The result is a festival of blatant and grotesque hypocrisy. Republicans are right now in the process of demanding that every Democrat and every progressive celebrity of any consequence denounce Harvey Weinstein. Yet when Donald Trump faced serial accusations of sexual assault after being caught on tape bragging that he liked to grope women, many of these same members of the Republican base were furious at those conservatives who expressed alarm. When serial sexual-harassment allegations claimed the careers of Bill O’Reilly and Roger Ailes, many of these same members of the Republican base accused the media of “taking scalps.”

On a vast scale, members of the Republican base are defending behavior from Trump that would shock and appall them if it came from a Democratic president.

On a vast scale, members of the Republican base are defending behavior from Trump that would shock and appall them if it came from a Democratic president. There is of course always a measure of hypocrisy in politics — partisanship can at least partially blind us all. But the scale here beggars belief. Republicans never would tolerate a Democratic president’s firing an FBI director who was investigating the president’s close aides and then misleading the American people about the reason for that firing. They would never tolerate a Democratic president’s specifically calling for unconstitutional reprisals against his political enemies. They would look at similar chaos and confusion in a Democratic White House and fear a catastrophe.

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Even worse, Republicans are — to borrow my friend Greg Lukianoff’s excellent phrase — “unlearning liberty.” For example, for many years conservatives focused on ways to protect free speech, an essential liberty under attack from intolerant campus leftists and a larger progressive establishment that labeled dissent as “phobic” or bigoted. Now? Republicans defend Trump’s demands for terminations and economic boycotts against football players who engage in speech he doesn’t like. “Well, it’s not technically illegal,” they say, knowing full well the chilling effect such language will have and knowing full well that they would be howling in anger if President Obama had ever expressed a similar desire to squelch, say, Tim Tebow’s prayers. They know full well that they condemn progressive corporations who use their economic power to squelch dissent. Republicans even defend direct calls for unconstitutional reprisals against members of the press.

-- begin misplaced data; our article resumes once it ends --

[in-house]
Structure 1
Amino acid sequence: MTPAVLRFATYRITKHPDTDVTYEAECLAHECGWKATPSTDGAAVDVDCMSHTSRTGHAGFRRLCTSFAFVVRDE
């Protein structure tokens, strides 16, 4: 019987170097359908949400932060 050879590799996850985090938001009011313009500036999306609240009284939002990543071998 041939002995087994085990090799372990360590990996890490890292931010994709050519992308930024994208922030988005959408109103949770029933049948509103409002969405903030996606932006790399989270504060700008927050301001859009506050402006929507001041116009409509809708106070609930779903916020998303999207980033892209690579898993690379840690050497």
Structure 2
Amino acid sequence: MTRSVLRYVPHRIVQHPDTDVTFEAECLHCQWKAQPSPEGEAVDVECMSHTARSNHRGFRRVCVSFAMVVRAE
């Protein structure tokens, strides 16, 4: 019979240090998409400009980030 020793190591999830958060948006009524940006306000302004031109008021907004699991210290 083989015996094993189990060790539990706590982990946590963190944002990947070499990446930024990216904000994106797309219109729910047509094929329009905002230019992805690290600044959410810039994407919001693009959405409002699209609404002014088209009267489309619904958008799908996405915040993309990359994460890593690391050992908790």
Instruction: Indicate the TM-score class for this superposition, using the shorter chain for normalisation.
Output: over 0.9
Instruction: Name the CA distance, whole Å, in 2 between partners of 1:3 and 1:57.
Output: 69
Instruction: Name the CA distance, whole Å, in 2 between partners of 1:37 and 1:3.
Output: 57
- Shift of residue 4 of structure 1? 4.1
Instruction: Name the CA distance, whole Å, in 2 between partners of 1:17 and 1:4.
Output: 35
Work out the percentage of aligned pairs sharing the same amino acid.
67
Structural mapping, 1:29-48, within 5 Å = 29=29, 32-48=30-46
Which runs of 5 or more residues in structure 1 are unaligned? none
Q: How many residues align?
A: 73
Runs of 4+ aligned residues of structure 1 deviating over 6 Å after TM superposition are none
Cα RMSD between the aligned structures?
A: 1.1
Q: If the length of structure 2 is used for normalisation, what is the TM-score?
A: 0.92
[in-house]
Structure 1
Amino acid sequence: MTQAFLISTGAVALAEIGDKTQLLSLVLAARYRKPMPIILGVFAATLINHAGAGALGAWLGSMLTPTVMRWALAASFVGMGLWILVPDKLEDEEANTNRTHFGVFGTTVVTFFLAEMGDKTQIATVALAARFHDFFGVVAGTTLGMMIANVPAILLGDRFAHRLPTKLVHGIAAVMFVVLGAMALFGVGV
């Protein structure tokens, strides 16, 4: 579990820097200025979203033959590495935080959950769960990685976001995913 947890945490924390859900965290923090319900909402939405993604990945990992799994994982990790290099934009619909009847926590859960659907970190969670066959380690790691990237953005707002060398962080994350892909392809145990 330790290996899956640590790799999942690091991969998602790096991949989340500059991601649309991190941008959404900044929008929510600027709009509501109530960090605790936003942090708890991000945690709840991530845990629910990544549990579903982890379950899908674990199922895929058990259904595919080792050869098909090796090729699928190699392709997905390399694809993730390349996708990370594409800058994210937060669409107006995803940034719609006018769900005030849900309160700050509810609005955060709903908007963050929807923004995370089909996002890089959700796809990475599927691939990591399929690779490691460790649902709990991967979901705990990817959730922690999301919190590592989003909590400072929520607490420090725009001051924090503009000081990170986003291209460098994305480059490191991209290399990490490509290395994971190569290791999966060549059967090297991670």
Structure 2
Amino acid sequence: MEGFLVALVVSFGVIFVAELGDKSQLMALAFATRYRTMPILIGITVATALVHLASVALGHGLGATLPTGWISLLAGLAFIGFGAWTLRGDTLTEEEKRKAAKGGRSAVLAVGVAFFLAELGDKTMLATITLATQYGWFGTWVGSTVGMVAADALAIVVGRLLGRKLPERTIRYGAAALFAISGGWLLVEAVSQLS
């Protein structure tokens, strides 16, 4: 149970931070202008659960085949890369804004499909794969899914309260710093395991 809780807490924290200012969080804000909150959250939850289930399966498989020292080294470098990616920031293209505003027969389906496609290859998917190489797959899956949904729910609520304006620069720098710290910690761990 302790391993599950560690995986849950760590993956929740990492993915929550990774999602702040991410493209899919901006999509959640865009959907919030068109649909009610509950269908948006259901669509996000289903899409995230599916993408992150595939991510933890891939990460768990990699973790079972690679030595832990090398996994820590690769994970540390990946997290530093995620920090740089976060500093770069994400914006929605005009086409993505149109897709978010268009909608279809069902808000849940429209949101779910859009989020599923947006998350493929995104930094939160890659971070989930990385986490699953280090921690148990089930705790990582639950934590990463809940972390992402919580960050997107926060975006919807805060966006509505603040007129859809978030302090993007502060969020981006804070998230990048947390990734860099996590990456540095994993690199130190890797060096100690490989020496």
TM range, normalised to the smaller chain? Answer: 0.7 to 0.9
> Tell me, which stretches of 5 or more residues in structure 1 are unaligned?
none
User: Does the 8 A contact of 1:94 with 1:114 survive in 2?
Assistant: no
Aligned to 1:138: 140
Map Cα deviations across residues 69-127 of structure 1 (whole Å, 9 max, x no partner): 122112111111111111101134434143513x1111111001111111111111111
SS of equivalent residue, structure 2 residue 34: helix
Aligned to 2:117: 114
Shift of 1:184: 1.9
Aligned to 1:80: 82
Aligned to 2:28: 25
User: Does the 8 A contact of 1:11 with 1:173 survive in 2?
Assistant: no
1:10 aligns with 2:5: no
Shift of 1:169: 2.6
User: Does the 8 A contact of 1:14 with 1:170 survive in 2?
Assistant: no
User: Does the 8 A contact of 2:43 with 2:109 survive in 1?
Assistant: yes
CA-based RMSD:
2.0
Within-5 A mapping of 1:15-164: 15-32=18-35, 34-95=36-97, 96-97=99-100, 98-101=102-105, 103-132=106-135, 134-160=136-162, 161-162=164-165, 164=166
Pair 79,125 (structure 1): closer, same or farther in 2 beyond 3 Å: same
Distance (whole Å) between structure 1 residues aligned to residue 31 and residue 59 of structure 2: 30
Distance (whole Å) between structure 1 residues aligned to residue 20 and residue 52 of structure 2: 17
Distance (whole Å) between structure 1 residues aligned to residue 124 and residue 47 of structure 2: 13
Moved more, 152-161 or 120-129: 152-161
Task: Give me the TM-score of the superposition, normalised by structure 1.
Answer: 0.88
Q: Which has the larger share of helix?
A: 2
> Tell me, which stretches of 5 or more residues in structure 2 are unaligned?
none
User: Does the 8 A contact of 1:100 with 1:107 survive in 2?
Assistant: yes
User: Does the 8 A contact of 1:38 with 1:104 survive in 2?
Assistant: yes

“He fights,” they say. And they relish the liberal tears.

It’s been said countless times because it’s true: Politics and law are downstream from culture. For the sake of short-term political victories — for the sake of protecting a single American president — Republicans have shown themselves willing to help change the culture to one that declares, with one voice (Left and Right), “Free speech for me, but not for thee.” Unless the GOP base changes course — there’s still time, by the way — and demands that its president embody the constitutional values that are supposed to define the party, the degradation of our culture and of long-standing respect for the Constitution will outlive even the memory of any given political debate.

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News cycles come and go. Presidents come and go. The Constitution — and the culture of liberty it is supposed to protect — must remain. Is it worth unlearning liberty to defend Trump’s tweets? Millions seem to think so. Millions are wrong.

— David French is a senior writer for National Review, a senior fellow at the National Review Institute, and an attorney.